Treatment for patients with exposure to synthetic cathinones is primarily supportive. At this time, limited information is available to guide treatment. Benzodiazepines have been used for sedation for agitation and seizures. Given the similarities to amphetamines and cocaine, it seems likely that similar management strategies would be useful. Patients showing signs of the sympathomimetic toxidrome including agitation, psychosis, significant tachycardia, hypertension, and seizures should be treated with benzodiazepines to counteract excessive epinephrine and norepinephrine release and reuptake inhibition. Hyperthermia should be treated with aggressive cooling. Treatment of hyponatremia due to synthetic cathinones is not well described; MDMA-induced hyponatremia is treated with water restriction or hypertonic saline. Management should be directed by the severity of symptoms, and patients may benefit from an approach similar to that of MDMA-induced hyponatremia until further understanding specific to cathinones is reached.
A decedent with hyponatremia from Sweden is the first reported death related solely to mephedrone . Since that time, other mephedrone-related deaths have been identified. In many of these cases, investigation and analysis are ongoing to determine the role of mephedrone in causing death.
A report on four mephedrone-associated deaths noted that mephedrone was the principle cause of death in one case. A 19-year-old male used mephedrone, MDMA and alcohol, several hours later began to shake and twitch, and then was found “his eyes were rolling and he was choking”. He had cardiorespiratory arrest en route to the hospital and was declared dead on arrival. Postmortem analysis revealed alcohol, 3-trifluoromethylphenylpiperazine, and mephedrone. A second decedent in this series was a 49-year-old woman who developed chest pain and vomiting after insufflating methedrone, drinking alcohol, and smoking cannabis. Her death was attributed to mephedrone, with cardiac fibrosis and atherosclerotic disease as contributing factors. Mephedrone was a contributing factor in two cases: one, a patient with a multidrug overdose and another with a fatal motor vehicle crash . Four additional mephedrone-related deaths are reported: stab wounds were the cause of death in one, mephedrone responsible for two, and the other case unresolved . Accidental death due to multidrug toxicity occurred after use of mephedrone and heroin in a 22-year-old male . Mephedrone was thought to be the cause of death in a person with excited delirium that was aggravated by blood loss from wounds sustained from breaking windows. However, multiple substances were found in the postmortem blood including cocaine, metabolites, and MDMA .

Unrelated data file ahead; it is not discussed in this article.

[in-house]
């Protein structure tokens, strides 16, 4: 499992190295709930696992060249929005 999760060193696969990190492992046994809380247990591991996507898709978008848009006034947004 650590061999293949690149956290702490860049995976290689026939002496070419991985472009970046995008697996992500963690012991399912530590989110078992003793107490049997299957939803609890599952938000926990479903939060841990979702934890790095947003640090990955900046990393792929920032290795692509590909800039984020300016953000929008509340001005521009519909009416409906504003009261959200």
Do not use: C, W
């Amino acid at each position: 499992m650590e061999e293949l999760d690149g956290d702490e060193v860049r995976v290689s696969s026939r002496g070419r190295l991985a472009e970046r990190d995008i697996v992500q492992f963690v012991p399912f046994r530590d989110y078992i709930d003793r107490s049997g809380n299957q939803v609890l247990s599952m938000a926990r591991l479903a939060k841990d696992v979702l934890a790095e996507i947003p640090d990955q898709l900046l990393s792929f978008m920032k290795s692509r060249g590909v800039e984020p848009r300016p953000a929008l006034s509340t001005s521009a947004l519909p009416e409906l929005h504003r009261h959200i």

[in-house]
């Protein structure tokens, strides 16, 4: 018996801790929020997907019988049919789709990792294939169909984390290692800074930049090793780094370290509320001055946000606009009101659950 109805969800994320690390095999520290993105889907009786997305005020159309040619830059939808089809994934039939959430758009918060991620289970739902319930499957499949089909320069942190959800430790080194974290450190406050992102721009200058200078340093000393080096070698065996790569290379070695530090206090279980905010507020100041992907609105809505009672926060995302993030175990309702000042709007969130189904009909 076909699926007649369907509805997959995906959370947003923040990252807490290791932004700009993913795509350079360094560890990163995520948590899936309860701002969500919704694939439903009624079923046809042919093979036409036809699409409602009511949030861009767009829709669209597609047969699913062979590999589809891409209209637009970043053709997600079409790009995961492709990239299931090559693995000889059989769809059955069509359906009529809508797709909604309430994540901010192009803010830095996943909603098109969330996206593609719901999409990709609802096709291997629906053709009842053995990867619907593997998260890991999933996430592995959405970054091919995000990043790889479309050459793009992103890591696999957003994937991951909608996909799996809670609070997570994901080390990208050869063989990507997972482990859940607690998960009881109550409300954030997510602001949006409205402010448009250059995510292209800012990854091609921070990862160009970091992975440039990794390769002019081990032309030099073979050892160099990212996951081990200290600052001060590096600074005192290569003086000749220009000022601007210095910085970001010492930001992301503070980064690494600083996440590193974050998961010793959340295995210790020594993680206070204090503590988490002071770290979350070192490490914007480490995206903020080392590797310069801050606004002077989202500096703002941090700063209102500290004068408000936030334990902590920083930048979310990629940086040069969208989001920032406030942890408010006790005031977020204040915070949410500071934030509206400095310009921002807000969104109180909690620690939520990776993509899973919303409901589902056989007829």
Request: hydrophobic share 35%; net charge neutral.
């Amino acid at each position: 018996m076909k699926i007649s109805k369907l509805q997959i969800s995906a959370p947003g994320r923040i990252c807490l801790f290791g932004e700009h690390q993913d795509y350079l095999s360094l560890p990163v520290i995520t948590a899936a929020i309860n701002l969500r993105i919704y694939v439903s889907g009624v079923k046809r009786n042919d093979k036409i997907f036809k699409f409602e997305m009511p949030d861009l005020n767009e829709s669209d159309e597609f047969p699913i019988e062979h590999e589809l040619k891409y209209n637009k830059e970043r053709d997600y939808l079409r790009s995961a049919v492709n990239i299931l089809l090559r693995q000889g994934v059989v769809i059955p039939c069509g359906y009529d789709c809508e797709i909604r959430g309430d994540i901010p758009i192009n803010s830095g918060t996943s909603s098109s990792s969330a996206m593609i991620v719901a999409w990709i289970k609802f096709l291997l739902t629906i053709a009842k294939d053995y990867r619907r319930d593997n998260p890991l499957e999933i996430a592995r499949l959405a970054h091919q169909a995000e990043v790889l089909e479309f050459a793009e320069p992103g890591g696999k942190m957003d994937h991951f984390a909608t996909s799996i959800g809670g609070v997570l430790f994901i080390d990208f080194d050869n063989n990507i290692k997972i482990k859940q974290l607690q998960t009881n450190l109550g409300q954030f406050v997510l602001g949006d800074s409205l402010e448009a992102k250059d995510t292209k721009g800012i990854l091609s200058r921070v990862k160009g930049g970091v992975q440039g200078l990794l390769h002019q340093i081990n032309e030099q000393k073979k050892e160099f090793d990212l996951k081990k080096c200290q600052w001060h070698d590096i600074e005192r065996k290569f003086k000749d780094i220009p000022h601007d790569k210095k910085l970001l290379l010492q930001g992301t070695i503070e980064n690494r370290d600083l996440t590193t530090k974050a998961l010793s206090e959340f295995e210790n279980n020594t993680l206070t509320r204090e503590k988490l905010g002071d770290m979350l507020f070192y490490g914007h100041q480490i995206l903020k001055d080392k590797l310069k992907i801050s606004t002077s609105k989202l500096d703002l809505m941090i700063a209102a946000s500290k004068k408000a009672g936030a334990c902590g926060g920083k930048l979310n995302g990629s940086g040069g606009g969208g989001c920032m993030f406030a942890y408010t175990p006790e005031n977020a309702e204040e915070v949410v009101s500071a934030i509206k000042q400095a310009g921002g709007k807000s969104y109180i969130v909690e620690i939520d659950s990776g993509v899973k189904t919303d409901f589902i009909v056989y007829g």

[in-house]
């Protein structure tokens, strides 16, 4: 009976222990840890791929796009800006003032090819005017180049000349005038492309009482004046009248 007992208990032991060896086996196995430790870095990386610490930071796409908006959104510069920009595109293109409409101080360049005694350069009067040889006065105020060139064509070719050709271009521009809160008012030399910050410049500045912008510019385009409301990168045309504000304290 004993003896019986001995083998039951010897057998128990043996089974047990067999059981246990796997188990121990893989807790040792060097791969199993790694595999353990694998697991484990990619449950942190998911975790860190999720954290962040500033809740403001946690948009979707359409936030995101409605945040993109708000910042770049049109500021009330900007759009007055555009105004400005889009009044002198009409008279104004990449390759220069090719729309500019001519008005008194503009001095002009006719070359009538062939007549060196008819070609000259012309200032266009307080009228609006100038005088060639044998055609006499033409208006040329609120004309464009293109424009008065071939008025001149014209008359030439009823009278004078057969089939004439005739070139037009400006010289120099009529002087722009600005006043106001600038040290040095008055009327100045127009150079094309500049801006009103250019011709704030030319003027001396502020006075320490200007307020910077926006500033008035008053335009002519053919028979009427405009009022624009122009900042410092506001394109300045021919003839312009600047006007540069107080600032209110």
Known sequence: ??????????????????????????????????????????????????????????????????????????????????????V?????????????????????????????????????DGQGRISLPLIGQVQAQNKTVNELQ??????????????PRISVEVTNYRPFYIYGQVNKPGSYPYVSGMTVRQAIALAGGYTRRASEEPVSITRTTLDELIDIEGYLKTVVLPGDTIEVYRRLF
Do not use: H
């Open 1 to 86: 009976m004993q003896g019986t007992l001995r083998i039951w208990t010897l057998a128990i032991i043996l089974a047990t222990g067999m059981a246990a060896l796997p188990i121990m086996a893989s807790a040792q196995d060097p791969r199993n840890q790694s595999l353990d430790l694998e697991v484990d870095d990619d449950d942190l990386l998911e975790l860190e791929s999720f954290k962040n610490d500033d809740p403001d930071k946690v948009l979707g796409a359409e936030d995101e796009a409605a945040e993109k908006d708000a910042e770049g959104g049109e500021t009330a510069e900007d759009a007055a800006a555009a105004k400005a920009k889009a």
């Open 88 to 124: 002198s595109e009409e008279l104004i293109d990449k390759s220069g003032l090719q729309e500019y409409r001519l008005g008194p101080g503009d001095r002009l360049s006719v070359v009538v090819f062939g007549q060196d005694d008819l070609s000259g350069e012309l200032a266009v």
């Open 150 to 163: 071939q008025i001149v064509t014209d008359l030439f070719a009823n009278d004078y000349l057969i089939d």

Two methedrone-associated deaths classified as accidental have been reported in Sweden. One patient had marked hyperthermia to 42°C. Both patients were found to have pulmonary congestion and edema on postmortem examination .
Two butylone-associated deaths have been reported. In the first, a man died from injuries due to a fall from height was also found to have butylone in his blood. In another, a woman reported to have died after ingestion of several drugs, was found to have brain edema, pulmonary congestion and hemorrhages, as well as congestion of the liver, spleen and kidneys. She was noted to have subendocardial hemorrhage in the aortic outflow tract as well as contraction band necrosis of the heart .
Deaths from use of MDPV and other synthetic cathinones have not been well documented or reported in the medical literature at this time.
Synthetic cathinones are phenylalkylamines derivatives, and are often termed bk-amphetamines due to a ketone attached at the beta position on the amino alkyl chain attached to the phenyl ring . Similar to phenylethylamines like MDMA, they may possess both amphetamine-like properties and the ability to modulate serotonin, causing distinct psychoactive effects. Most cathinone derivatives have sympathomimetic effects; other qualities, including duration and the extent of psychoactive effects, vary based to a large extent on functional group structure. As a group, they are considered to be less potent than their corresponding phenylethylamine analogue due to increased polarity caused by the beta-ketone, resulting in decreased penetration of the blood brain barrier .
There are no published human data on the pharmacokinetics and pharmacodynamics of the currently popular synthetic cathinones. A limited understanding of the mechanism of action and metabolism of these drugs is available mostly from in vitro studies and animal models. Amphetamines and derivatives exert their effects by increasing synaptic concentrations of biogenic amines, such as norepinephrine, dopamine, and serotonin. The increases occur via two primary mechanisms. First, these drugs inhibit monoamine uptake transporters, causing decreased clearance of the neurotransmitters from the synapse. Second, they cause release of the neurotransmitters from intracellular stores. Increased intracellular release occurs via changes in vesicular pH as well as inhibition of the vesicular monoamine transport (VMAT2) receptor. VMAT2 is located on the vesicular membrane and responsible for monoamine uptake into the vesicles for storage .